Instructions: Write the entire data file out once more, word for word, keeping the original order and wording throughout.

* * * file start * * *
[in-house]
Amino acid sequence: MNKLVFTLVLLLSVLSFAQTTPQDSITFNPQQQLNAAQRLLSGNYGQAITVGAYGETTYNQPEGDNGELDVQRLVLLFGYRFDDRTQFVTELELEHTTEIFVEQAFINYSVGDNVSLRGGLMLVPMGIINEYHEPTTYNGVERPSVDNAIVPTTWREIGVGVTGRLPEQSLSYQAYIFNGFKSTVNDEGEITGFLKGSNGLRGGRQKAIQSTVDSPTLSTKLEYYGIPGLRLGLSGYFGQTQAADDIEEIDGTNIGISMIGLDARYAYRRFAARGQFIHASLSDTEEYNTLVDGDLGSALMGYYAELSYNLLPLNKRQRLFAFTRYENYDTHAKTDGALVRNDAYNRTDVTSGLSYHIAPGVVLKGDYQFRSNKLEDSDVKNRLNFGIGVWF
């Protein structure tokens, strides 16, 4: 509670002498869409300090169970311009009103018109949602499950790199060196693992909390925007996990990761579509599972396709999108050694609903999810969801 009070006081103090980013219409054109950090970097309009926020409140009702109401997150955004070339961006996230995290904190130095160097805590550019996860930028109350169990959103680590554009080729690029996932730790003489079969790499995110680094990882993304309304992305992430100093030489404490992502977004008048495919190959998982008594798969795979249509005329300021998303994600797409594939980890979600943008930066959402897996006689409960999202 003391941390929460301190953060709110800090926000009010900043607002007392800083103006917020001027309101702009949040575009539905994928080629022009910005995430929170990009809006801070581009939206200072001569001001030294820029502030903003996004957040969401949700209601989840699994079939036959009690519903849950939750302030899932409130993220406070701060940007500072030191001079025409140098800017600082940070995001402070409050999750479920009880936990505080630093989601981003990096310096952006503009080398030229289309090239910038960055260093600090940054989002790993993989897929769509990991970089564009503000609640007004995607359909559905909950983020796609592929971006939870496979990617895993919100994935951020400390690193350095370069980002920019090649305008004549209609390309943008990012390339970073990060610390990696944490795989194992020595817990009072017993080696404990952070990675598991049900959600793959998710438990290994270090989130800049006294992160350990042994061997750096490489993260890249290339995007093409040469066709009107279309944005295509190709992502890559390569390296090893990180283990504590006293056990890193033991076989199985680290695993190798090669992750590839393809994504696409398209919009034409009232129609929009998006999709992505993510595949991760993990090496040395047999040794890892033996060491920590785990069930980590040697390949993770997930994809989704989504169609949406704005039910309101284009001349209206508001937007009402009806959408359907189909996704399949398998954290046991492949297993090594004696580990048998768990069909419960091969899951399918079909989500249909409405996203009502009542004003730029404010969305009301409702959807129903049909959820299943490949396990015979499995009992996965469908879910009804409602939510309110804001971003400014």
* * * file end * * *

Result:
[in-house]
Amino acid sequence: MNKLVFTLVLLLSVLSFAQTTPQDSITFNPQQQLNAAQRLLSGNYGQAITVGAYGETTYNQPEGDNGELDVQRLVLLFGYRFDDRTQFVTELELEHTTEIFVEQAFINYSVGDNVSLRGGLMLVPMGIINEYHEPTTYNGVERPSVDNAIVPTTWREIGVGVTGRLPEQSLSYQAYIFNGFKSTVNDEGEITGFLKGSNGLRGGRQKAIQSTVDSPTLSTKLEYYGIPGLRLGLSGYFGQTQAADDIEEIDGTNIGISMIGLDARYAYRRFAARGQFIHASLSDTEEYNTLVDGDLGSALMGYYAELSYNLLPLNKRQRLFAFTRYENYDTHAKTDGALVRNDAYNRTDVTSGLSYHIAPGVVLKGDYQFRSNKLEDSDVKNRLNFGIGVWF
């Protein structure tokens, strides 16, 4: 509670002498869409300090169970311009009103018109949602499950790199060196693992909390925007996990990761579509599972396709999108050694609903999810969801 009070006081103090980013219409054109950090970097309009926020409140009702109401997150955004070339961006996230995290904190130095160097805590550019996860930028109350169990959103680590554009080729690029996932730790003489079969790499995110680094990882993304309304992305992430100093030489404490992502977004008048495919190959998982008594798969795979249509005329300021998303994600797409594939980890979600943008930066959402897996006689409960999202 003391941390929460301190953060709110800090926000009010900043607002007392800083103006917020001027309101702009949040575009539905994928080629022009910005995430929170990009809006801070581009939206200072001569001001030294820029502030903003996004957040969401949700209601989840699994079939036959009690519903849950939750302030899932409130993220406070701060940007500072030191001079025409140098800017600082940070995001402070409050999750479920009880936990505080630093989601981003990096310096952006503009080398030229289309090239910038960055260093600090940054989002790993993989897929769509990991970089564009503000609640007004995607359909559905909950983020796609592929971006939870496979990617895993919100994935951020400390690193350095370069980002920019090649305008004549209609390309943008990012390339970073990060610390990696944490795989194992020595817990009072017993080696404990952070990675598991049900959600793959998710438990290994270090989130800049006294992160350990042994061997750096490489993260890249290339995007093409040469066709009107279309944005295509190709992502890559390569390296090893990180283990504590006293056990890193033991076989199985680290695993190798090669992750590839393809994504696409398209919009034409009232129609929009998006999709992505993510595949991760993990090496040395047999040794890892033996060491920590785990069930980590040697390949993770997930994809989704989504169609949406704005039910309101284009001349209206508001937007009402009806959408359907189909996704399949398998954290046991492949297993090594004696580990048998768990069909419960091969899951399918079909989500249909409405996203009502009542004003730029404010969305009301409702959807129903049909959820299943490949396990015979499995009992996965469908879910009804409602939510309110804001971003400014």